- v. Simple past of sing along.
“Hefty tenderloins, long picnic packs of twenty-four drumsticks, expensive center-cut pork chops, and the occasional fluke-threaded flounder blurred past me as I sang along in my head and would flash back to wonderful Saturday nights of staying up with Babci back in the old days in the old house, when my parents would go dancing each weekend at the Polish Home in Chicopee, and I would gorge on the sitcoms and on the snacks Babci would bring to my TV tray at the end of each half hour.”
“A tall clever-looking boy who sometimes sang along with his companion.”
“But it was such a romantic gesture that soon the whole place joined in and sang along to Sweet Caroline.”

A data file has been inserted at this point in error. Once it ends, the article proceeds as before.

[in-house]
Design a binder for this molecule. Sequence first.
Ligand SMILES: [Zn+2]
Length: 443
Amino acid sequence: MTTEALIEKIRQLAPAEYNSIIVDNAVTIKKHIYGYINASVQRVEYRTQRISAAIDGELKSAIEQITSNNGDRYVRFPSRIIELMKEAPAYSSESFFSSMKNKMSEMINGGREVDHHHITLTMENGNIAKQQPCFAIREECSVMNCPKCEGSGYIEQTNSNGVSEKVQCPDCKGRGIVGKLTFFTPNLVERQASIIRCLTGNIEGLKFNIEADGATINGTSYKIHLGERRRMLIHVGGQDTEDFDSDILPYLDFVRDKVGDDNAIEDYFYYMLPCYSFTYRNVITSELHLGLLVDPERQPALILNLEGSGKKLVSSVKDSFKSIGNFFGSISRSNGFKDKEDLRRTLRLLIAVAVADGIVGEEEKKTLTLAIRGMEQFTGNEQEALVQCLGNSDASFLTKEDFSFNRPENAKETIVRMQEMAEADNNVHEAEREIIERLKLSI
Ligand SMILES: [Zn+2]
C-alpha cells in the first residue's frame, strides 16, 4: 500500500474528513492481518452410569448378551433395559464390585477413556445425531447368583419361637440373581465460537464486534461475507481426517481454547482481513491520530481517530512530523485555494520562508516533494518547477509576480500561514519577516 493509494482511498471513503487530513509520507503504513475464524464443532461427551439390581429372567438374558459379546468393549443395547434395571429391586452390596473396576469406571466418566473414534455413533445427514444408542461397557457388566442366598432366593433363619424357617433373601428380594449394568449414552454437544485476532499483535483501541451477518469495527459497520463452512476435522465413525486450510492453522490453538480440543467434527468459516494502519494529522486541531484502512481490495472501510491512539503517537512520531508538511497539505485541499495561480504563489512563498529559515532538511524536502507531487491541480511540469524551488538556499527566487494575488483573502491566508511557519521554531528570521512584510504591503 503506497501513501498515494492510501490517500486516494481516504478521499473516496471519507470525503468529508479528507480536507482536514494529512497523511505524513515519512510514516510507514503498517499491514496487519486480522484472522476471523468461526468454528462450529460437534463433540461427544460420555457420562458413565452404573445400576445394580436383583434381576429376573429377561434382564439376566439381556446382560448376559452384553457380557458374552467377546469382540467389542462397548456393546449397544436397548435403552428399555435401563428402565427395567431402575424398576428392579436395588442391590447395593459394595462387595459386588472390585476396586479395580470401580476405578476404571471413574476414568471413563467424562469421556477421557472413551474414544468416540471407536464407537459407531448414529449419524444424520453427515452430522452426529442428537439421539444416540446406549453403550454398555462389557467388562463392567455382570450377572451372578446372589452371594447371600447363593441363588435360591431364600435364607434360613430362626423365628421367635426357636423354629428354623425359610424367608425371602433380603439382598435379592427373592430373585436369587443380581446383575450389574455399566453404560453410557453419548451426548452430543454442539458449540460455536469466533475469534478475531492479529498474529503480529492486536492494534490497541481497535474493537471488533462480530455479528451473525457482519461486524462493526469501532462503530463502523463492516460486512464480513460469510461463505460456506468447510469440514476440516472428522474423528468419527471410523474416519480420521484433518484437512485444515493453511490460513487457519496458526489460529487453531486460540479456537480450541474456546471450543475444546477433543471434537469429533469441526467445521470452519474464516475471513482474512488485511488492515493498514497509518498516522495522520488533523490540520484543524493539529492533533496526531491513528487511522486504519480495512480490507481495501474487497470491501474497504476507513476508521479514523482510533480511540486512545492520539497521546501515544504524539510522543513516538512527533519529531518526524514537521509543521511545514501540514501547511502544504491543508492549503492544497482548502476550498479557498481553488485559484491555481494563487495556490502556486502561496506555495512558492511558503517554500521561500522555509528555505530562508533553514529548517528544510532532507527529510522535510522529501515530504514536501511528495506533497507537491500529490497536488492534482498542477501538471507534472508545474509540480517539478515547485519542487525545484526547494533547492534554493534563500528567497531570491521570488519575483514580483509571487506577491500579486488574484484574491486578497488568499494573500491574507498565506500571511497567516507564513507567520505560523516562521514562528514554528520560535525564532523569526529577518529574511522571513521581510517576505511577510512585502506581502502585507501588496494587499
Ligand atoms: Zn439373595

“ON THE WAY back up Route 95 I sang along with Slaid Cleaves doing his song “Sinner’s Prayer” until I couldn’t stand it anymore and I called up Roz and left a message.”
“We knew the words by heart and sang along with the radio: “Now I got them steadily depressin', low-down mind-messin' workin' at the car wash blues.””
“His father sang along with her in his clear and easy voice as he checked the level on the shelves Mrs. Larson wanted in her utility closet.”
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